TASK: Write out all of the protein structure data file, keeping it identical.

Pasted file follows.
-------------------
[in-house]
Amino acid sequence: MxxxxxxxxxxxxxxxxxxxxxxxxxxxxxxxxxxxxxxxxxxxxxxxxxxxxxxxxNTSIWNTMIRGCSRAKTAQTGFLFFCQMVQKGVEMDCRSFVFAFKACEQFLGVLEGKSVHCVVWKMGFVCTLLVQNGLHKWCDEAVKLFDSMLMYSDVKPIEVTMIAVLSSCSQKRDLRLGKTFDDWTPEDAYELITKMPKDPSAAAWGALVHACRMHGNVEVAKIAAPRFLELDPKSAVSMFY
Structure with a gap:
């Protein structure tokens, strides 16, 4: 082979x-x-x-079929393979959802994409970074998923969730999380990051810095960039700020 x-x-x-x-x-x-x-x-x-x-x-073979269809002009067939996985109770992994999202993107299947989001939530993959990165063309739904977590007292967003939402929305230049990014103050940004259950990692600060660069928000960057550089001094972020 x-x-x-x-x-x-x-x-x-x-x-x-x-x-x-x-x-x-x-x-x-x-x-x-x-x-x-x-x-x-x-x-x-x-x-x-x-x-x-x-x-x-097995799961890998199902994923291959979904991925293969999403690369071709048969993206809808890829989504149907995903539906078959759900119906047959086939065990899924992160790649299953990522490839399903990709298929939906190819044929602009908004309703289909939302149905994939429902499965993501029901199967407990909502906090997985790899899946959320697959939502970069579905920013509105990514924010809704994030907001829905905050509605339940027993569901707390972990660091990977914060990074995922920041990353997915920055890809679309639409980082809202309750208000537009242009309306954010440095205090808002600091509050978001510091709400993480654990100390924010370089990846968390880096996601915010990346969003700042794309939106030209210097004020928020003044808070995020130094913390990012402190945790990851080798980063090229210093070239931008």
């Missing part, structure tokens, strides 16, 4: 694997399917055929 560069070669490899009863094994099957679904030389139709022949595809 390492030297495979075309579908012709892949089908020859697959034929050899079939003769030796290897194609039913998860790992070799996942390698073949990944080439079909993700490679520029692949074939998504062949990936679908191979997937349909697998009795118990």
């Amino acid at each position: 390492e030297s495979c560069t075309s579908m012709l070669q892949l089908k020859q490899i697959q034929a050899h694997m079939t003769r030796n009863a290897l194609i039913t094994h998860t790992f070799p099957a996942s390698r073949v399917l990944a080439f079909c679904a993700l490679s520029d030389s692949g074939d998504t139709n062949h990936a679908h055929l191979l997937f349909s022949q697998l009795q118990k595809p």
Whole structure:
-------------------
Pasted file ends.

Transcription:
[in-house]
Amino acid sequence: MxxxxxxxxxxxxxxxxxxxxxxxxxxxxxxxxxxxxxxxxxxxxxxxxxxxxxxxxNTSIWNTMIRGCSRAKTAQTGFLFFCQMVQKGVEMDCRSFVFAFKACEQFLGVLEGKSVHCVVWKMGFVCTLLVQNGLHKWCDEAVKLFDSMLMYSDVKPIEVTMIAVLSSCSQKRDLRLGKTFDDWTPEDAYELITKMPKDPSAAAWGALVHACRMHGNVEVAKIAAPRFLELDPKSAVSMFY
Structure with a gap:
């Protein structure tokens, strides 16, 4: 082979x-x-x-079929393979959802994409970074998923969730999380990051810095960039700020 x-x-x-x-x-x-x-x-x-x-x-073979269809002009067939996985109770992994999202993107299947989001939530993959990165063309739904977590007292967003939402929305230049990014103050940004259950990692600060660069928000960057550089001094972020 x-x-x-x-x-x-x-x-x-x-x-x-x-x-x-x-x-x-x-x-x-x-x-x-x-x-x-x-x-x-x-x-x-x-x-x-x-x-x-x-x-x-097995799961890998199902994923291959979904991925293969999403690369071709048969993206809808890829989504149907995903539906078959759900119906047959086939065990899924992160790649299953990522490839399903990709298929939906190819044929602009908004309703289909939302149905994939429902499965993501029901199967407990909502906090997985790899899946959320697959939502970069579905920013509105990514924010809704994030907001829905905050509605339940027993569901707390972990660091990977914060990074995922920041990353997915920055890809679309639409980082809202309750208000537009242009309306954010440095205090808002600091509050978001510091709400993480654990100390924010370089990846968390880096996601915010990346969003700042794309939106030209210097004020928020003044808070995020130094913390990012402190945790990851080798980063090229210093070239931008």
């Missing part, structure tokens, strides 16, 4: 694997399917055929 560069070669490899009863094994099957679904030389139709022949595809 390492030297495979075309579908012709892949089908020859697959034929050899079939003769030796290897194609039913998860790992070799996942390698073949990944080439079909993700490679520029692949074939998504062949990936679908191979997937349909697998009795118990």
């Amino acid at each position: 390492e030297s495979c560069t075309s579908m012709l070669q892949l089908k020859q490899i697959q034929a050899h694997m079939t003769r030796n009863a290897l194609i039913t094994h998860t790992f070799p099957a996942s390698r073949v399917l990944a080439f079909c679904a993700l490679s520029d030389s692949g074939d998504t139709n062949h990936a679908h055929l191979l997937f349909s022949q697998l009795q118990k595809p």
Whole structure: